Linux Df Command: A Practical Guide With 12+ Examples

Whether you’re managing a system as an administrator or simply using a desktop, it’s crucial to stay informed about your available disk space. While this can be easily done using a regular file manager on a Linux desktop, understanding the command line can significantly enhance your experience.

Linux, known for its command-line friendliness, offers a handy utility called df for precisely this purpose. This command reveals the available disk space on the file system containing each specified file name argument.

This article delves into the comprehensive use of the df command in Linux, providing practical examples to help you grasp its functionality and importance in managing disk space effectively.

So, without any further ado, let’s explore how you can leverage this command-line utility in Linux environments.

What is the df command?

The df command, short for disk free, is a powerful tool for retrieving information about disk space utilization in a Linux system. It provides details on both total and available space within a file system.

The FileSystem parameter allows you to specify the name of the device hosting the file system, the directory where it’s mounted, or the relative path of a file system. Meanwhile, the ‘File’ parameter enables you to focus on specific files or directories rather than entire file systems. When no parameters are specified, the df command displays information for all currently mounted file systems.

By default, the df command presents file system statistics in units of 512-byte blocks. It obtains these statistics primarily from the statfs system call. However, appending the ‘-s’ flag allows you to retrieve statistics from the virtual file system (VFS) specific file system helper.

In cases where no arguments accompany the ‘-s’ flag and the helper fails to fetch statistics, df resorts to using the statfs system call data. It’s worth noting that during certain exceptional circumstances, such as file system modifications while df is executing, the displayed statistics may not be entirely accurate.


The df command in Linux is widely used by system administrators to display various types of storage information on a file system, including but not limited to –

  • Viewing used space.
  • Checking available disk space.
  • Checking how many filesystems have been mounted.
  • Listing the number of available inodes for a Linux or Unix box.
  • Understanding if the disk capacity has been fully utilized on a partition or connected devices.
  • Checking if sufficient space is available on a partition before installing or upgrading apps.
  • Configuring a shell script or a Perl script to trigger alerts when your storage space runs out of space.

Syntax of the df command in Linux

The fundamental syntax of the df command is as follows –

df [options] [filesystems]

Here’s a breakdown of the components:

  • options: These are optional flags that can be used to customize the output of the command. I have listed the available flags in detail below.
  • filesystems: You have the option to specify particular filesystems (mount points) to check their usage instead of obtaining information for all mounted drives.

Note: If no file name is provided, the df command will display the space available on all currently mounted file systems.

Consider the following, for example:

df command syntax without options or filesystems

Executing this command will provide information about all mounted Filesystems, including details such as 1K-blocks, used space, available space, usage percentage, and the mount point.

The output will be presented in a table format with columns for:

  • Filesystem: Indicates the name of the mounted storage device (e.g., /dev/sda4).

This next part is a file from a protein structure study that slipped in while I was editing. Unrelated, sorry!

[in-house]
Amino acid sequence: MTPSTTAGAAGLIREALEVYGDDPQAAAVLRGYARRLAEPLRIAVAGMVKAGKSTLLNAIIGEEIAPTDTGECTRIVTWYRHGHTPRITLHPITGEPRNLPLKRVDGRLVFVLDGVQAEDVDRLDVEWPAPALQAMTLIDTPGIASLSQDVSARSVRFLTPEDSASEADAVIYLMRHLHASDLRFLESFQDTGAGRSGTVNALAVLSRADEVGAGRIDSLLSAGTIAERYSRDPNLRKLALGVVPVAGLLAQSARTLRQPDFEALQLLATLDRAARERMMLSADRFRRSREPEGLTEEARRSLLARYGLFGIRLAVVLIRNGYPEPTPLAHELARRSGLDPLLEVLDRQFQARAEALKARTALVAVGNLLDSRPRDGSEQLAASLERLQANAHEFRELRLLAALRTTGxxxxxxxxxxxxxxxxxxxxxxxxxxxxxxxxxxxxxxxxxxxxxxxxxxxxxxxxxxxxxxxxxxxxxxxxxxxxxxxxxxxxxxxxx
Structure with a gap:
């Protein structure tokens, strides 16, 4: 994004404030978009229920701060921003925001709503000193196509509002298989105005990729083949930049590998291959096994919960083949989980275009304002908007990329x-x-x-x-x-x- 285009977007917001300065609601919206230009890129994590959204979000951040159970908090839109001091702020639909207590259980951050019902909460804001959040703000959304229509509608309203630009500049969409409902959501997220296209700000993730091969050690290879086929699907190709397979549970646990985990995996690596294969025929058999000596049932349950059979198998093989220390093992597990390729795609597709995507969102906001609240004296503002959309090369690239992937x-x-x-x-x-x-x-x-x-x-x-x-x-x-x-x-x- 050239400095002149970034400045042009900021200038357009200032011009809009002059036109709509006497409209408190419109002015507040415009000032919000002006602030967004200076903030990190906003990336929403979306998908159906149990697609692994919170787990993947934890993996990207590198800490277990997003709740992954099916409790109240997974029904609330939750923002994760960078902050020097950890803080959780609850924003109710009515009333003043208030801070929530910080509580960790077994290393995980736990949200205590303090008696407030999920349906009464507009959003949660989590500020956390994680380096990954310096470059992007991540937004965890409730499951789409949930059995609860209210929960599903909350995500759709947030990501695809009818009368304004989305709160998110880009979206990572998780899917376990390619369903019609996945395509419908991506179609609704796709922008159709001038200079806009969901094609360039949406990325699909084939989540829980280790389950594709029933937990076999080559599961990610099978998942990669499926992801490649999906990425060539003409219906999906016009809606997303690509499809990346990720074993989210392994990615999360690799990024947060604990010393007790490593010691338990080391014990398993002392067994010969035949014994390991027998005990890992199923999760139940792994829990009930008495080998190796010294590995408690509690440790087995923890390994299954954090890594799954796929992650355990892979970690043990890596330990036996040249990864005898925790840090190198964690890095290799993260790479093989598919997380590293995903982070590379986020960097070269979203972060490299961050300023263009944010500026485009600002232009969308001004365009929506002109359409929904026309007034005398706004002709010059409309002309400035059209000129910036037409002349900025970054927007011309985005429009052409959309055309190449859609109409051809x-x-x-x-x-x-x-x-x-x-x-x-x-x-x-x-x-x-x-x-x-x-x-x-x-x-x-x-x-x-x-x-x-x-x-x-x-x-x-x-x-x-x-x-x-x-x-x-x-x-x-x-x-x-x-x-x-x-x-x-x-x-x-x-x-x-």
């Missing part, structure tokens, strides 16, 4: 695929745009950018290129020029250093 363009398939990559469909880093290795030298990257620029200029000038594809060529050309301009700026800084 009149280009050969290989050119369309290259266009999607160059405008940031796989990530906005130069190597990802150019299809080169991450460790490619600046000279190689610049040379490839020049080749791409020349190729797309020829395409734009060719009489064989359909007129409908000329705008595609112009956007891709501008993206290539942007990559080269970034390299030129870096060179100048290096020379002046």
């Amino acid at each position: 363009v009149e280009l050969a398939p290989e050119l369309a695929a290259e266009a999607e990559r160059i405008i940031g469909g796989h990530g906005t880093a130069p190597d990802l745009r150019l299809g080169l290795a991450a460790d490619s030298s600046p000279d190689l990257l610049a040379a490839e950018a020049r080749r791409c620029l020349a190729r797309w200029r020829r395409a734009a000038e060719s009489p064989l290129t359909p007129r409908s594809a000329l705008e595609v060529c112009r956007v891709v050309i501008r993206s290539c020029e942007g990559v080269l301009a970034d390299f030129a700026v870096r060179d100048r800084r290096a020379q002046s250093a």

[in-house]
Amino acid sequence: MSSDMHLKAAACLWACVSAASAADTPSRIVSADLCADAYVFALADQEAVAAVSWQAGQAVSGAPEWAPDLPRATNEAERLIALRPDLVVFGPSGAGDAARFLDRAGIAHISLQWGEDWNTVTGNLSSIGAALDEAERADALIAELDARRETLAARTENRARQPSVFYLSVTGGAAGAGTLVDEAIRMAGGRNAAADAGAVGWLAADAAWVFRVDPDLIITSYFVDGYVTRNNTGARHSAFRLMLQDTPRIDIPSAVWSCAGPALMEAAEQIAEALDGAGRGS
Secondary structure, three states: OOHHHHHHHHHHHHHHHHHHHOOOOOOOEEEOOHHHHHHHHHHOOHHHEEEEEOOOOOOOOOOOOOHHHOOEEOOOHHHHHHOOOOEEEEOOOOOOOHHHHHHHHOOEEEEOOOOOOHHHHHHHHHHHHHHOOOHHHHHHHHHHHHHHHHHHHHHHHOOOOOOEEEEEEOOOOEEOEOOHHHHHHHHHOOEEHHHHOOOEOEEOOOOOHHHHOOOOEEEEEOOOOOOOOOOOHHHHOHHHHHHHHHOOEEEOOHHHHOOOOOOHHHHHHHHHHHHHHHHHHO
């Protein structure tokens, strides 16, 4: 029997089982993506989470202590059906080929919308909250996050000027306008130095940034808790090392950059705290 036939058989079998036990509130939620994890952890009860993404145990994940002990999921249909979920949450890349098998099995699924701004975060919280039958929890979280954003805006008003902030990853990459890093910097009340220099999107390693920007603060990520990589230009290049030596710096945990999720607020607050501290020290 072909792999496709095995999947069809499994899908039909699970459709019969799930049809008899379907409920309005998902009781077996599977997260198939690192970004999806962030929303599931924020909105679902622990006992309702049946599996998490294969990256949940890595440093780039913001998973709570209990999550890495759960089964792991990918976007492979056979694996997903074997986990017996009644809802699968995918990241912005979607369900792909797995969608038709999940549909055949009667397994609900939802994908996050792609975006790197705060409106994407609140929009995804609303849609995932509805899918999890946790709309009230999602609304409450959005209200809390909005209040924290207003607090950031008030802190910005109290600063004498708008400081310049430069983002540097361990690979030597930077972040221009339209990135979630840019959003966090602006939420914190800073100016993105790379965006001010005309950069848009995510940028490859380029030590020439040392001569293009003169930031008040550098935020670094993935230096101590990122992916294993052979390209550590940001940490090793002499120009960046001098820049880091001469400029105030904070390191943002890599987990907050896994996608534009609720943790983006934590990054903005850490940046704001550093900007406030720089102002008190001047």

• Size: Represents the total size of the filesystem in bytes.
  • Used: Shows the amount of space currently occupied by data in bytes.
  • Available: Displays the amount of free space available in bytes.
  • Use%: Indicates the percentage of the filesystem used.
  • Mounted on: Specifies the directory where the filesystem is mounted (e.g., /, /home).

If you specify a particular file, the command will show the mount information specific to that file.

For example:

df asktheneek.pdf

Here, you can replace the “asktheneek.pdf” with any other file of your choice.

Options/Flags Available in the df Command

There are various flags available in the df command to help configure this utility for desired results.

Here are some of the most common ones –

-a, –allIncludes pseudo, duplicate, and remote file systems.
-B, –block-size=SIZEScales sizes by SIZE before printing them. For example, using ‘-BM’ prints sizes in units of 1,048,576 bytes.
-h, –human-readableDisplays sizes in powers of 1024 (e.g., 1023M).
-H, –siShows sizes in powers of 1000 (e.g., 1.1G).
-i, –inodesLists inode information instead of block usage.
-l, –localLimits the listing to local file systems.
–no-syncDoes not invoke sync before retrieving usage info (default behavior).
–output[=FIELD_LIST]Uses the output format defined by FIELD_LIST or prints all fields if FIELD_LIST is omitted.
-P, –portabilityUses the POSIX output format.
–totalExcludes all entries insignificant to available space and produces a total.
-t, –type=TYPELimits the listing to file systems of type TYPE.
-T, –print-typeDisplays the file system type.
-x, –exclude-type=TYPELimits the listing to file systems not of type TYPE.
–helpDisplays a brief manual containing information about the supported options.
–versionDisplays version information of the df command.

Practical Examples of the df Command in Linux

Now that you have learned all the basics of the df command, let me walk you through the best practical examples of it –

Check Linux Disk Space Usage

The df command can be used to check the disk space usage in Linux.

When you execute this command without any options or parameters, it provides information about device names, total blocks, total disk space, used disk space, available disk space, and mount points on a file system.

To view this information, simply run:

sudo df
Check Linux Disk Space Usage

Here’s a breakdown of the columns displayed in the output:

  • Filesystem: Indicates the mount point name.
  • 1K-blocks: Represents available total space counted in 1 kilobyte (1000 bytes).
  • Used: Indicates the used block size.
  • Available: Displays the free block size.
  • Use%: Shows the usage percentage.
  • Mounted on: Specifies the path of the mounted point.

Check Information on Linux Disk Space Usage